What Retrofit Challenges Do Housing Associations Face?
With over 29 million homes in the UK, and at least 15 million homes needing retrofit by 2030, Housing Industry Leaders investigates the net-zero challenges housing associations face.

The retrofit cost to net-zero is estimated to be between £25k-30k. However, in reality, it is much higher.

To minimise this cost, companies must investigate products and technologies that drive a cultural change to set the pathway toward net-zero.

Some of the oldest, least energy-efficient housing in Europe is in the UK. According to the UNs Environment Programme, pre-pandemic, the building sector accounted for 38% of all global energy-related CO2 emissions.

Housing associations play a critical role in housing decarbonisation, as they provide around five million houses in the UK.

Gail Scholes, Head of Public Sector and Housing at Zenergi, has spoken about how for these housing associations achieving net-zero targets is essential, but there is still a long way to go:

Gail Scholes, Head of Public Sector and Housing at Zenergi


Unfortunately, the solution is not singular. Different sectors and social groups need numerous incentives and guidance to ensure the retrofitting of existing buildings.”

For many groups, this incentive will revolve around financial aid and support. For others, it will revolve around support networks and correct education.

Preparing young adults

Gail expressed how one challenge in the approach to net-zero is preparing young adults. In particular, young adults within the care system: “Reaching the age of eighteen is an overwhelming step.

Having lived in sheltered accommodation their whole lives, they will have to adapt to living alone and the responsibilities that come with it.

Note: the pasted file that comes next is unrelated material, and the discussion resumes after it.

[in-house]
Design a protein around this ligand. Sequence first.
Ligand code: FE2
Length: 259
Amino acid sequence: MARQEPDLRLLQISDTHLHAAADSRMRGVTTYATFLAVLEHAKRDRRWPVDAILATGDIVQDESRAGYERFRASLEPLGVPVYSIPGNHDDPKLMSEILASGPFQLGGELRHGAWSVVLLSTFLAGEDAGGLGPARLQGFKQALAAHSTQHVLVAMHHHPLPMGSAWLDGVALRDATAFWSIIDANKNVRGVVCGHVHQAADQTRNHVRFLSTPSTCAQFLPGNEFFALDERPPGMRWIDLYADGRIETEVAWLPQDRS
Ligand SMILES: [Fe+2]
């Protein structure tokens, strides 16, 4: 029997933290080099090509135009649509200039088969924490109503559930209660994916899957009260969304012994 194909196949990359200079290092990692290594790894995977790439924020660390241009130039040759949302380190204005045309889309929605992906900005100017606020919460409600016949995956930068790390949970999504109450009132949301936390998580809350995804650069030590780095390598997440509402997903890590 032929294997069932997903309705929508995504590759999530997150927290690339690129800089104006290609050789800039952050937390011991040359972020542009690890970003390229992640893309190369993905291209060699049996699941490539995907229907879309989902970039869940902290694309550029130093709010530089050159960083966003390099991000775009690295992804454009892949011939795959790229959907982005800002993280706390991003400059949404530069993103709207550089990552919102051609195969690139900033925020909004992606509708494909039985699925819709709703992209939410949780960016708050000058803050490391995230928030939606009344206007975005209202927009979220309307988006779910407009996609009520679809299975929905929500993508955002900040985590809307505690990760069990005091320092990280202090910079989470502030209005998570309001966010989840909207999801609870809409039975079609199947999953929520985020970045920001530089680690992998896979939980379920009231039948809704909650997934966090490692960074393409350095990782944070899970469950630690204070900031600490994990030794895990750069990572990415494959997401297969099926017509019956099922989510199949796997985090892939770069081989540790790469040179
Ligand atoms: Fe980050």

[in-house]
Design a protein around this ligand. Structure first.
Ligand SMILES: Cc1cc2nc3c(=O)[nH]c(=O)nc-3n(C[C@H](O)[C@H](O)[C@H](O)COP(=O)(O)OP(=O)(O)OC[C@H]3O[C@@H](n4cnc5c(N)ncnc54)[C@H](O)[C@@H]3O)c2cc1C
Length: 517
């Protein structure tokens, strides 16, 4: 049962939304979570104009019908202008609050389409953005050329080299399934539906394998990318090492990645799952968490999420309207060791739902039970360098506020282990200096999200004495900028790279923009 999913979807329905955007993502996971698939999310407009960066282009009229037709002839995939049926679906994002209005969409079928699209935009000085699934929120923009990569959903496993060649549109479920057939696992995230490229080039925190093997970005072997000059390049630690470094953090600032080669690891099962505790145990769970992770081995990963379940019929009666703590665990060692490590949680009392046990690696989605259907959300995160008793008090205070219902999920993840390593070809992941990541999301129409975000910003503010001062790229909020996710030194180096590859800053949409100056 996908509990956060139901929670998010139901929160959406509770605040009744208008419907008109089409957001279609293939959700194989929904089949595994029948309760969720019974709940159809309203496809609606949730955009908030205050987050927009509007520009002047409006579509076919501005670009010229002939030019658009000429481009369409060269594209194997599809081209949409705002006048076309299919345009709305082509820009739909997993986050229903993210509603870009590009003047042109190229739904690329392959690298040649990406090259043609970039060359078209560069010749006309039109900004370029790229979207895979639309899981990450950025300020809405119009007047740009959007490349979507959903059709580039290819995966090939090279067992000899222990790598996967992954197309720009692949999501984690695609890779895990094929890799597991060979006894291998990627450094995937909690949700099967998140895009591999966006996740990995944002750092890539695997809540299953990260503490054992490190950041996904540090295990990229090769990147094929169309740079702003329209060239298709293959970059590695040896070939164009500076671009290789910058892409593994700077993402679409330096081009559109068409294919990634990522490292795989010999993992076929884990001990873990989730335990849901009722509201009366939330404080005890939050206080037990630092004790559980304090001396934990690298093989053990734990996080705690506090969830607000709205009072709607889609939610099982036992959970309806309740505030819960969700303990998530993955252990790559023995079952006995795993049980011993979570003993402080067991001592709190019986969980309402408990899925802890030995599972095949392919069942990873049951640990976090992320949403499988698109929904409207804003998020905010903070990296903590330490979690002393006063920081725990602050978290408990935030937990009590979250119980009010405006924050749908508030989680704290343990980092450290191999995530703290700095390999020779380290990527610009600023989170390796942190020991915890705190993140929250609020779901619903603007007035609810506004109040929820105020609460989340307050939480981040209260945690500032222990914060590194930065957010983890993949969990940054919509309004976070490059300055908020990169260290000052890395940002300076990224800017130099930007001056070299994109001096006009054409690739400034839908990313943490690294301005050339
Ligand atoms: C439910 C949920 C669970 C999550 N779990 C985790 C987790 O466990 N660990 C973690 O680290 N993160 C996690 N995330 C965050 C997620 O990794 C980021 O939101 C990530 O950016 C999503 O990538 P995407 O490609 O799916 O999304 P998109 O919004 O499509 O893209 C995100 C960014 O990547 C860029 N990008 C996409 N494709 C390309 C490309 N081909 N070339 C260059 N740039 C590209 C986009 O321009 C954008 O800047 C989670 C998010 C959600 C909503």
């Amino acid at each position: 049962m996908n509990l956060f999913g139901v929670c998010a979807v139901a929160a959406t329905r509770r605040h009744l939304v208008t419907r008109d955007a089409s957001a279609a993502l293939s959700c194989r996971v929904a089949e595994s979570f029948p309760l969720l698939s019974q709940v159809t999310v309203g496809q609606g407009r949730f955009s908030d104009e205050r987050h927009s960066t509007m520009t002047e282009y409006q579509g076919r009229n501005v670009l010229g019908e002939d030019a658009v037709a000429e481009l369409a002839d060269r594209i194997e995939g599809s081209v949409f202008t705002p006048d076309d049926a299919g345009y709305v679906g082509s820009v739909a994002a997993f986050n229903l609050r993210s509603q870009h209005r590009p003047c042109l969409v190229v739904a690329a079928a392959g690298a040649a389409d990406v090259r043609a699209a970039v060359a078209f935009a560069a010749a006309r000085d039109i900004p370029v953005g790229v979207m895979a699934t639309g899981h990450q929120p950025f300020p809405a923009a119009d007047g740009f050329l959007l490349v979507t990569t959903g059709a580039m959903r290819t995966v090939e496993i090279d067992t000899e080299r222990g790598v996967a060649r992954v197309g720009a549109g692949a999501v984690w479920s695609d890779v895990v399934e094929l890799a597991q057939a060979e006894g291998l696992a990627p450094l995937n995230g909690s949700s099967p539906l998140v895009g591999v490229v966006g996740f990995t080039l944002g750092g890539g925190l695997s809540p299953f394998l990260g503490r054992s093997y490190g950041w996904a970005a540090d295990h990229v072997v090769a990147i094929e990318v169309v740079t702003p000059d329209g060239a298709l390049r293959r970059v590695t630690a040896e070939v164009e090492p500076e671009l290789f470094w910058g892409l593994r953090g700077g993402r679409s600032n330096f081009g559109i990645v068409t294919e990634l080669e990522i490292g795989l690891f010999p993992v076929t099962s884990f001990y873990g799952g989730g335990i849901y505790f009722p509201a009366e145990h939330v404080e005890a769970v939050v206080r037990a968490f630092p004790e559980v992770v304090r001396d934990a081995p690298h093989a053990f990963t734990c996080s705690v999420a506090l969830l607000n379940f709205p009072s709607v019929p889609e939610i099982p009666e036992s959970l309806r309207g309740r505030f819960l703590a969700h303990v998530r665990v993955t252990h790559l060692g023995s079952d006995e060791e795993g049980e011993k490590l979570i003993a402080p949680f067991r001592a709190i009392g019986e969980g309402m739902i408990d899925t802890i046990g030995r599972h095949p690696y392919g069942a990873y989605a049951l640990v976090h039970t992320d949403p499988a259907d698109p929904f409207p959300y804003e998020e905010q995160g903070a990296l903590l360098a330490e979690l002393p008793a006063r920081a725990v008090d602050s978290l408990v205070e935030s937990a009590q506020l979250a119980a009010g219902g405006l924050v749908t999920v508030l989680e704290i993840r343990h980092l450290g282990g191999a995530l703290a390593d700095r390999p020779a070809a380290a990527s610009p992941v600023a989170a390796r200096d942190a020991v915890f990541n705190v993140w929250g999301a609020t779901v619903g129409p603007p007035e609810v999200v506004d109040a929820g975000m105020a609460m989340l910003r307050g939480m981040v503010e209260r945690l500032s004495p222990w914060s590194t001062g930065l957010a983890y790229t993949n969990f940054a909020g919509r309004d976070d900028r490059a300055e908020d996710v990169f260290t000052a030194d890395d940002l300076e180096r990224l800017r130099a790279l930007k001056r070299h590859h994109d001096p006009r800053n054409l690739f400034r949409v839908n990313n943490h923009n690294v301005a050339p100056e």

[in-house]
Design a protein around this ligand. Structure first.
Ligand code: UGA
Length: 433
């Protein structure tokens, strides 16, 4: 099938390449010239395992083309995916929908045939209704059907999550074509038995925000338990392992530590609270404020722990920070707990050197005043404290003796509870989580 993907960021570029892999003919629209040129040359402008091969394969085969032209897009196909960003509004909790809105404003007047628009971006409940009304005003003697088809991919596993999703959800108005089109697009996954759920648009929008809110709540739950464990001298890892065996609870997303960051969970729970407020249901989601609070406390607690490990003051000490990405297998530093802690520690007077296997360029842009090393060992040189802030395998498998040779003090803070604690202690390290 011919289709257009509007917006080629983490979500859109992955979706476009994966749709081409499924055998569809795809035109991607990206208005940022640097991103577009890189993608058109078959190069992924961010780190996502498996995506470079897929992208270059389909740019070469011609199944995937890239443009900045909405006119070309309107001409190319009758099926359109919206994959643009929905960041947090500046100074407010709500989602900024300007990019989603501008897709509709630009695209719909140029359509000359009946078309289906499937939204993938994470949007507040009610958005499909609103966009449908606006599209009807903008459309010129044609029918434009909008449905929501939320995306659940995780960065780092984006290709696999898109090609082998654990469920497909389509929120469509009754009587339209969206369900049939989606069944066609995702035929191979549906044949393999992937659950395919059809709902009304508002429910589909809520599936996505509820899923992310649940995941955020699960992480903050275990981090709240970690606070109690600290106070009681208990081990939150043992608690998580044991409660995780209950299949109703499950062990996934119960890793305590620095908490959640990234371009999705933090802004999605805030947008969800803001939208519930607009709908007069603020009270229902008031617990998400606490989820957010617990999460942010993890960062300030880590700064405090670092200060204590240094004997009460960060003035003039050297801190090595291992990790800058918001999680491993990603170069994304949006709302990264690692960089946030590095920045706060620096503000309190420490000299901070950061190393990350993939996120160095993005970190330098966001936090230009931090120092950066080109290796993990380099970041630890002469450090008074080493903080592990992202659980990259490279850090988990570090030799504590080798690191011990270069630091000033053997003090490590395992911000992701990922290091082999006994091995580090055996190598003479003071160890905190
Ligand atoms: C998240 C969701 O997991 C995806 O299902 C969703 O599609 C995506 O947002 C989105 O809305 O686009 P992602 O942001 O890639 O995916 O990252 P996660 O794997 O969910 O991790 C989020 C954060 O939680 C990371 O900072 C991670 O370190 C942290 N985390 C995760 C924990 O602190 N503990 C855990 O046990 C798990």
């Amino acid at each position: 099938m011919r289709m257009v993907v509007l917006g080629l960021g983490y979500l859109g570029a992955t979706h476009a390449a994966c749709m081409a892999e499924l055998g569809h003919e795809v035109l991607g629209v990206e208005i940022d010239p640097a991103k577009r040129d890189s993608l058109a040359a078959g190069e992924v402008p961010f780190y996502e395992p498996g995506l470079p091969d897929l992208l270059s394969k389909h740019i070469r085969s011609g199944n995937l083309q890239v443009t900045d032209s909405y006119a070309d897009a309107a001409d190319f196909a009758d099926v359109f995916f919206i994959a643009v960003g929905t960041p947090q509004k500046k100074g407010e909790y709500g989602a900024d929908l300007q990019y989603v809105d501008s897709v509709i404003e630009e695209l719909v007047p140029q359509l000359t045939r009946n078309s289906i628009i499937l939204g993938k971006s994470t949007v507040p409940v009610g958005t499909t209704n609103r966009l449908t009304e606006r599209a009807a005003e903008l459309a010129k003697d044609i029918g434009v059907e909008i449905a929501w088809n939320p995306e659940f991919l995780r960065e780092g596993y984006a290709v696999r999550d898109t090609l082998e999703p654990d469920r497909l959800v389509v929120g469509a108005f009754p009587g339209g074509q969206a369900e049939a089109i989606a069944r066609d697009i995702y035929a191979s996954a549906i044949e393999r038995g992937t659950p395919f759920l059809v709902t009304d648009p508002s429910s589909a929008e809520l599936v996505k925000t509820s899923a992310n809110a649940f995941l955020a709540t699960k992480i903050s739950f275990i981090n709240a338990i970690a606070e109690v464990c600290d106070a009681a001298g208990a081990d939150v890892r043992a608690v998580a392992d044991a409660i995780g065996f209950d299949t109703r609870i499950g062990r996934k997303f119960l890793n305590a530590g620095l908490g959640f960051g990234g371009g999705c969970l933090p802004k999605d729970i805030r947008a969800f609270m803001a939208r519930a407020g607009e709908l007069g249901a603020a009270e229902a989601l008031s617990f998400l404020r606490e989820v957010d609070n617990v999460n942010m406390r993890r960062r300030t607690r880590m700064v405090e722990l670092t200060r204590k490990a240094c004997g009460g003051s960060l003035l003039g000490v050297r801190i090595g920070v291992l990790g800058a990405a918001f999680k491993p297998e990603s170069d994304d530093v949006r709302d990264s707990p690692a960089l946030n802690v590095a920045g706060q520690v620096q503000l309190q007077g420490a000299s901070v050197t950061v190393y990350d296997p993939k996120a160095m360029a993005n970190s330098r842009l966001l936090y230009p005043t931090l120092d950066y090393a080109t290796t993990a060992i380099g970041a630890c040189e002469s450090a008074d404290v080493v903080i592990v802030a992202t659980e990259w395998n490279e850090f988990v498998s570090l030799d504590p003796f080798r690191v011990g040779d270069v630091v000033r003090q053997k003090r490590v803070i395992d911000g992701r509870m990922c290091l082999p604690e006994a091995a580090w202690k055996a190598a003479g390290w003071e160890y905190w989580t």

Energy and bills will be a foreign concept, ultimately restricting the clear pathway to net-zero. A resolution is to prepare young adults through practical education and awareness. With this support, Gail hopes young adults will become more climate-conscious and will be able to contribute to the elimination of greenhouse gases.

Assisting elderly homeowners

Due to the financial strain of heating a whole property, elderly homeowners often find themselves tied down to large family homes, where many rooms remain unoccupied. Unoccupied rooms can become unkempt with a lack of maintenance, which leads to issues such as dampness and mould.

As a solution to this, organisations such as Age UK need to assist with the enrolment of decarbonisation plans. An engaging strategy must be welcomed that highlights the homeowner’s well-being and living conditions.

Personal needs of the tenants

Connecting the current climate crisis and the net-zero houses to the tenants is a pivotal factor in the challenge to approach net-zero. The retrofit approach needs to tailor the individual’s motivations to support changes in behaviour.

If community participation in decarbonisation agendas does not increase, the pathway to net-zero by 2050 will be impossible.